Here I Go Again, beginning with the nerve-wrecking and hopeful beginnings. You happily take the plunge Into The Great Wide Open.

And then the hurdles come. When you feel like you just Couldn’t Get It Right and you just can’t see the light. You want to take a Mudshovel to your chapter. You tell Jean-Jacques Rousseau, “Babe, I’m Gonna Leave You.” Just me? Ok, then.

But you Carry On.

And eventually you start Beginning to See the Light. The argument makes sense (hopefully). You start to make sure every Oxford Comma has its place.

And then. Finally. The Beautiful Day. You turn the chapter in. And all you have to do is another round or two of edits until it is approved and soon enough, you’ll be Grazing in the Grass. Baby, can you dig it?

You can find the whole Dissertation Edition playlist here.

xo, Ali

P.S. The playlist is 1 hour and 30 minutes, the same amount of time I use as dissertation writing blocks.

 

 

 

 

 

 

The Dissertation Chapter Writing Process

daily life, dissertation, goals, graduate school, Jean-Jacques Rousseau

The end of this month has brought more frustration than I thought. I think I over-estimated what I could get done this month (third chapter in to advisor) and then well, it did not happen. I’m frustrated that even though I was super consistent in writing almost every single damn day in January, I made a little over half the days in February. The month just kind of went over the rails. Still. This has been my most consistent writing chapter and I’m just frustrated that it is not done yet. I try to calm myself down and say “It will be done when it’s done. It will be done when it’s done.” But nope. My anxieties refuse to be swayed by reason. I’ve had days where I can crank out almost 2000 words (this happened yesterday), other days where I can only squeeze out 200 in the same amount of time (today). In fact, at this moment I am about 2/3 of a way through a second draft. I do not even know if the chapter is coherent. I usually go through about four drafts before I send them to my advisor.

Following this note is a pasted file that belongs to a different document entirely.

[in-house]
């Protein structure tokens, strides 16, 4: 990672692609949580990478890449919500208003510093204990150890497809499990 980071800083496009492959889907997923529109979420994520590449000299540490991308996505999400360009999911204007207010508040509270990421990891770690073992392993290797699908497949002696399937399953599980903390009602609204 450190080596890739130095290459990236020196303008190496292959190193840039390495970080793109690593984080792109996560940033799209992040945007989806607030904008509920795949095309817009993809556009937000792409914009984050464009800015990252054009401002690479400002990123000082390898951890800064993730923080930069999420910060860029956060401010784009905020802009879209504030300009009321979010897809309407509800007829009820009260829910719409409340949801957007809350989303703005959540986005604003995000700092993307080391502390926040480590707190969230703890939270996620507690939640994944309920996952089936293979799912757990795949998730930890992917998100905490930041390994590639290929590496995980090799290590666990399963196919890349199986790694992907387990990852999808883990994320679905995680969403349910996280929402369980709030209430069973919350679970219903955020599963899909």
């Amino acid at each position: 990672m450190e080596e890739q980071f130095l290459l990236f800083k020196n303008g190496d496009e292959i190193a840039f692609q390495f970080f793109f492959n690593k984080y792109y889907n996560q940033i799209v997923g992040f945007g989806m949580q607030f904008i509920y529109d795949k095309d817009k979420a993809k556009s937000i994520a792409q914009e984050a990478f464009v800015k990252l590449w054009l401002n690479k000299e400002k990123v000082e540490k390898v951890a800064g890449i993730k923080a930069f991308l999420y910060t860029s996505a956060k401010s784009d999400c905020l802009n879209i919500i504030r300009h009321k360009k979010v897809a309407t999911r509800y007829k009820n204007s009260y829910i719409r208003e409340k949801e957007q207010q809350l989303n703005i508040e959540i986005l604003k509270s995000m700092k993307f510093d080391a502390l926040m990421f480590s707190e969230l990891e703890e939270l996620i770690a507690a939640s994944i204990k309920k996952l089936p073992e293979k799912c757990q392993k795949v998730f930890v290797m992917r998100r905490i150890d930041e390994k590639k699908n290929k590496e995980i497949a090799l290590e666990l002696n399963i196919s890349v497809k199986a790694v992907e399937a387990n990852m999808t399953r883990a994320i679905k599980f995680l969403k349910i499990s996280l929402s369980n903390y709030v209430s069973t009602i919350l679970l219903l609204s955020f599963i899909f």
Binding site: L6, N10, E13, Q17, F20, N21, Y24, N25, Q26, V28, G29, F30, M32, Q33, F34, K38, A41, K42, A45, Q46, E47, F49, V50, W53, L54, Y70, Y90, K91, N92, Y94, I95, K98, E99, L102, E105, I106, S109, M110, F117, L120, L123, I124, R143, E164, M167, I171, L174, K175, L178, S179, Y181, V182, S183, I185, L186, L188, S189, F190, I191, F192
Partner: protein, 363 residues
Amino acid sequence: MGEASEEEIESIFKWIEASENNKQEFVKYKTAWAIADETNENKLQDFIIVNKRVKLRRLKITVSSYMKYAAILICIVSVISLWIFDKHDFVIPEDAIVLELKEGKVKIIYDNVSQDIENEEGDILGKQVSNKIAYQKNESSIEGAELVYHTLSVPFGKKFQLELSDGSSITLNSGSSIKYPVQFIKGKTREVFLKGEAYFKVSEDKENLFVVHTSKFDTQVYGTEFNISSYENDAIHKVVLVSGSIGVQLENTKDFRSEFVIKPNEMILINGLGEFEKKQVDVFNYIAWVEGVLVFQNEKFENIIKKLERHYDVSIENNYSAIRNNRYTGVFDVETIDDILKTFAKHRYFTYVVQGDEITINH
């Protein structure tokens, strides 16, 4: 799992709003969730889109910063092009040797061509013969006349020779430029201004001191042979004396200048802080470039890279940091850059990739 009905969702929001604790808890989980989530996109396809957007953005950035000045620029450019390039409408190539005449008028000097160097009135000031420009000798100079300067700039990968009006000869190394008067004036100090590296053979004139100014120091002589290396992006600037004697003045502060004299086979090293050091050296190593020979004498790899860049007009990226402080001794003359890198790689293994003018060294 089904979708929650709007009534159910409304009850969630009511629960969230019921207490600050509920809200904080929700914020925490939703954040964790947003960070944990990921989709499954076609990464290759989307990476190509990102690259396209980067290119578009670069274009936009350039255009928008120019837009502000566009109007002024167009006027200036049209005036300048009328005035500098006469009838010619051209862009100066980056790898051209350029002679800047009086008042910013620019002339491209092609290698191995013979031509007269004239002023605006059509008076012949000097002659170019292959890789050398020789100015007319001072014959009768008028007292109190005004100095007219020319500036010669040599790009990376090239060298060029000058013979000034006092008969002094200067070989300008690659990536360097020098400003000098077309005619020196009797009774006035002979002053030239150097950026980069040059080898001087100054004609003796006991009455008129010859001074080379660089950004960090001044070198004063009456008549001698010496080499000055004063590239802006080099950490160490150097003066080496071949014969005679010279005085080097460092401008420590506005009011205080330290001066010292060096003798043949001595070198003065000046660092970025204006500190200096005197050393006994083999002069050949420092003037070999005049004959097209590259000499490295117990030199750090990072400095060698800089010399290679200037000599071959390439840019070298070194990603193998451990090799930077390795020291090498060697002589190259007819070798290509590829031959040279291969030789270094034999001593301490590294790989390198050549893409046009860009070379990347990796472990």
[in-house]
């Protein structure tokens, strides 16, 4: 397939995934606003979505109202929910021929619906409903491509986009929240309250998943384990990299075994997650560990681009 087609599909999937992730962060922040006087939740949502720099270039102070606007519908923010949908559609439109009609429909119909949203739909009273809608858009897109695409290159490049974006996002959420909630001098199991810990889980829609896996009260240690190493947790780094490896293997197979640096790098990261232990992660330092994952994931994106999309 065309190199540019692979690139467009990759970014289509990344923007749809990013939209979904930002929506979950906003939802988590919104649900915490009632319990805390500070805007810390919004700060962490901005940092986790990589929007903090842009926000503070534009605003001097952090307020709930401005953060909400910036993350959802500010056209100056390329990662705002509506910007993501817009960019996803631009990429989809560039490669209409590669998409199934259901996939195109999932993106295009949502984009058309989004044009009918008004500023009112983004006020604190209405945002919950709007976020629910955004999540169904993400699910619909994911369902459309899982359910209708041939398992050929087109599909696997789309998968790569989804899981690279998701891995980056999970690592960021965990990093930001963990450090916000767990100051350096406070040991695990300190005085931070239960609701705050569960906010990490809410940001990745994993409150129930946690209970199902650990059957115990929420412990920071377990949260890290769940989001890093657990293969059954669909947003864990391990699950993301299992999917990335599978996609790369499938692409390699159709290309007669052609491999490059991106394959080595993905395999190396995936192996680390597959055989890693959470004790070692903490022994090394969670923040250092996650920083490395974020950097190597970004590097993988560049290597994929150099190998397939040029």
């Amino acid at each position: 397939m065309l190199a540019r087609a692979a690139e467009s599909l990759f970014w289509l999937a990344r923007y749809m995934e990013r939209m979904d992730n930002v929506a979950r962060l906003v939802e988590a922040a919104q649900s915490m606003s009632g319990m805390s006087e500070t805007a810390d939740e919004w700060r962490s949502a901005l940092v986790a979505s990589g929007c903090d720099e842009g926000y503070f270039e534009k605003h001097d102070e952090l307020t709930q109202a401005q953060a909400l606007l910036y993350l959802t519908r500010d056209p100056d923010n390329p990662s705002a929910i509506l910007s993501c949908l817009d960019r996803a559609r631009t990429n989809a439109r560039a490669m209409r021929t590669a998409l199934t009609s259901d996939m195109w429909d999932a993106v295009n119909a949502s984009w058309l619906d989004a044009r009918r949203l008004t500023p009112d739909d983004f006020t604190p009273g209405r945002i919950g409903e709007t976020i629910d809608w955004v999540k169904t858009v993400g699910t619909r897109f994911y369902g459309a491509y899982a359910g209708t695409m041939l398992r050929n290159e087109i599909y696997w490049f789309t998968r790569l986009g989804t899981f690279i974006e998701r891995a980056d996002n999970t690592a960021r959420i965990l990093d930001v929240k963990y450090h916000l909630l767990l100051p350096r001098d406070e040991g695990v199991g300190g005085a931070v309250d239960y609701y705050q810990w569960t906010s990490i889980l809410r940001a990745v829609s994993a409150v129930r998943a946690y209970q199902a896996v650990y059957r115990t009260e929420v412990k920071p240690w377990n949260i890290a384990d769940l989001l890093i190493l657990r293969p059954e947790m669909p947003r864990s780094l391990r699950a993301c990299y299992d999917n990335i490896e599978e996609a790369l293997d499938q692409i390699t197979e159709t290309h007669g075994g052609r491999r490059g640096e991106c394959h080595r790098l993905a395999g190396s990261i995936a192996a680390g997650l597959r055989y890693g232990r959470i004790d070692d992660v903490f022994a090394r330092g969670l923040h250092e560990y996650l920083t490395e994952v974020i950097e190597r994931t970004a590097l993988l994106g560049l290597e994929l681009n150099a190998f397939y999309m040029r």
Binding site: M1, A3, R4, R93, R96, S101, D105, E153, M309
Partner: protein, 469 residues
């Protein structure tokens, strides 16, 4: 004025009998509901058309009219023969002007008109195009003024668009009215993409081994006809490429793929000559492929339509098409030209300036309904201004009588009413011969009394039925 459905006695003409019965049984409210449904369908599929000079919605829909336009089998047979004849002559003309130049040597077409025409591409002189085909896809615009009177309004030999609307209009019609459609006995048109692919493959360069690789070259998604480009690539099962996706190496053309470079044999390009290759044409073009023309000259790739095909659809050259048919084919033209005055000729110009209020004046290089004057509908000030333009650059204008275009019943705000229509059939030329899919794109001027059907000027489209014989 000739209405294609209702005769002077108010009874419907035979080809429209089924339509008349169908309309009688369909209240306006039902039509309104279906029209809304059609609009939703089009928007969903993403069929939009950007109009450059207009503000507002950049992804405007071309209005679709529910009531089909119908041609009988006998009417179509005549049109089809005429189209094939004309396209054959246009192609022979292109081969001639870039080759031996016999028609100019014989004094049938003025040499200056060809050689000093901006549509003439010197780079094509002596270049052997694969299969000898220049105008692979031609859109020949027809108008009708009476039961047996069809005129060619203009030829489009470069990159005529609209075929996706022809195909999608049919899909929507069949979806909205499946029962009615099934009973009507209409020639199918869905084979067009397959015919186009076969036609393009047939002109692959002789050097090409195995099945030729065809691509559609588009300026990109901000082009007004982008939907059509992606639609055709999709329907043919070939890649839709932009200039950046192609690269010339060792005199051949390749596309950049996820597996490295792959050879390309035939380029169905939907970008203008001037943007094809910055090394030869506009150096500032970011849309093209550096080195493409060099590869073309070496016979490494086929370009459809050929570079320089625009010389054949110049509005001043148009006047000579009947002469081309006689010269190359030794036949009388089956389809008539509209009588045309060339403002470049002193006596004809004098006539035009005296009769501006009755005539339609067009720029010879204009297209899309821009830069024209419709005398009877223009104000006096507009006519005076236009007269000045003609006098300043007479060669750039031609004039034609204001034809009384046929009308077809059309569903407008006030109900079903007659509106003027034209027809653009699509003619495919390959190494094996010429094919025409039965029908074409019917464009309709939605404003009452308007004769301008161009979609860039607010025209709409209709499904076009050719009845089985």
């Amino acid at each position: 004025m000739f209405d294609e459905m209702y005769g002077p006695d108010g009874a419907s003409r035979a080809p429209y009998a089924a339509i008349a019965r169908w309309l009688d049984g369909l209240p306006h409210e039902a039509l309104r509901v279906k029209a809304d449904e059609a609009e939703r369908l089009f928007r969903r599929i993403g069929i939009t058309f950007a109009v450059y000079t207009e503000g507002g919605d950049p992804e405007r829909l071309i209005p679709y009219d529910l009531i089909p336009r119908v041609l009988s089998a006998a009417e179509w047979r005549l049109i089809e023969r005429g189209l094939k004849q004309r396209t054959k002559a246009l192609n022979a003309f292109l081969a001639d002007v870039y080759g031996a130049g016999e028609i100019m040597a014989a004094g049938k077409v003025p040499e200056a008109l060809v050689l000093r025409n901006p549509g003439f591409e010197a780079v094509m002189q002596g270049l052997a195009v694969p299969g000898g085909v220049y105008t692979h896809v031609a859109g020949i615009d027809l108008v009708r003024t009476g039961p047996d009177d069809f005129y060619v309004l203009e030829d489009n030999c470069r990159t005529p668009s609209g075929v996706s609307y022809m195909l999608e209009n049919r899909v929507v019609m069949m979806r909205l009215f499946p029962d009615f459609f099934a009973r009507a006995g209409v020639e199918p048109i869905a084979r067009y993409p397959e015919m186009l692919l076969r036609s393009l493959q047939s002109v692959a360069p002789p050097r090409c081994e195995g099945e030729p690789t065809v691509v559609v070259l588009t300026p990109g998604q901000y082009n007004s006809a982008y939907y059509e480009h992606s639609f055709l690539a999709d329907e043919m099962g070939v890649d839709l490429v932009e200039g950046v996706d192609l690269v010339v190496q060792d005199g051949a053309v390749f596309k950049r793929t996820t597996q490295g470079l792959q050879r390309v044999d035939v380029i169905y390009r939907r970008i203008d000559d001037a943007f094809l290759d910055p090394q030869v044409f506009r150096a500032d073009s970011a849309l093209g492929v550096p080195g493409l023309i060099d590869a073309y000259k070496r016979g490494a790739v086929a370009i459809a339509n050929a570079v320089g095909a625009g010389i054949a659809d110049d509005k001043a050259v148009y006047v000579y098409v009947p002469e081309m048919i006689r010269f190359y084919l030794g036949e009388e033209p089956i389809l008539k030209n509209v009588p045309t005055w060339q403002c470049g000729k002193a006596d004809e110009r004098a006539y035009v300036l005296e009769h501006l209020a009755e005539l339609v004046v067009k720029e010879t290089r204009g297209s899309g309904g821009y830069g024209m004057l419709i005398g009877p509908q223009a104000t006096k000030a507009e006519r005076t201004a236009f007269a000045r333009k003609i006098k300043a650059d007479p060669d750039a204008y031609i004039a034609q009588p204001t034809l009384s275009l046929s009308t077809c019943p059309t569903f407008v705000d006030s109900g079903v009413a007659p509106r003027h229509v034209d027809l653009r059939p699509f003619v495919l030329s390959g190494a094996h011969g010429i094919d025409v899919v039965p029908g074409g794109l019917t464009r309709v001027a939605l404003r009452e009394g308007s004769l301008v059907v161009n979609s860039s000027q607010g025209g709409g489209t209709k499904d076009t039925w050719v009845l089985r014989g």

The first draft. Usually garbage. I start with a question. This time around its: “what does Rousseau say about Christianity?” Answer: “A lot.” I proceed to pound out quotes and notes on everything related to this topic. I listen to a lot of Bob Dylan. There is a vague outline but no thesis. Usually it is incomplete before I go back through and begin…

The second draft. I am starting to have ideas, a vague notion of a soft thesis is occurring, I start to have an idea about how I could finish this thing. I write a real introduction including a lit review. I start to add other thinkers in the mix. I have some nice interplay between Pierre Bayle and Rousseau this time around. Some honorable mentions for John Locke and Hobbes.

After this I email it to Bruno, my husband/editor. We proceed to have the same conversation we’ve had for every paper, proposal, article, dissertation chapter I have written since we started dating almost three years ago.

“Does it make sense? Am I so stupid?”

“It’s fine.”

“But I mean is my advisor going to want to quit being my advisor when he reads this?”

“It’s fine.”

“But I AM FREAKING OUT!”

“It’s fine…do you..do you need a hug?”

Bruno returns the draft with his edits. I usually start to feel a little bit better.

The third draft. Re-write the introduction. Go back through every thing again. Start to Turabian my footnotes and citations. Re-arrange. Have a hard thesis. Check to make sure thesis is mentioned in each section, especially necessary if chapter is about to be an absolute mountain. Have moments of bliss. Have moments of terror. Want to take all my Rousseau books and burn them. Want to read Rousseau forever and ever. Check, check, and double-check the French. This is the part where the chapter really comes together.

The fourth draft. Read through again. Does it make sense? Is there stupid mistakes? Ok, this is fine, usually quick. And then I…

Turn the chapter in. Here comes the panic, the fear. For a couple of days, I just focus on reading. I take a break. My advisor is pretty efficient so within the week…

The chapter is returned back to me. And usually it is not as bad as I thought. My last chapter was approved right away and recommended to go publish (which I worked on over Christmas break). I have a sigh of relief, think I might just make it after all.

I wish I could be more comfortable with this process. I wish I could just be comfortable knowing that if I am working on it, if I am doing the work, it is fine, it is fine, and yes, it is fine. But as I said, my anxieties refuse to listen to reason.

I bet you can guess what my main objective for March is…

xo, Ali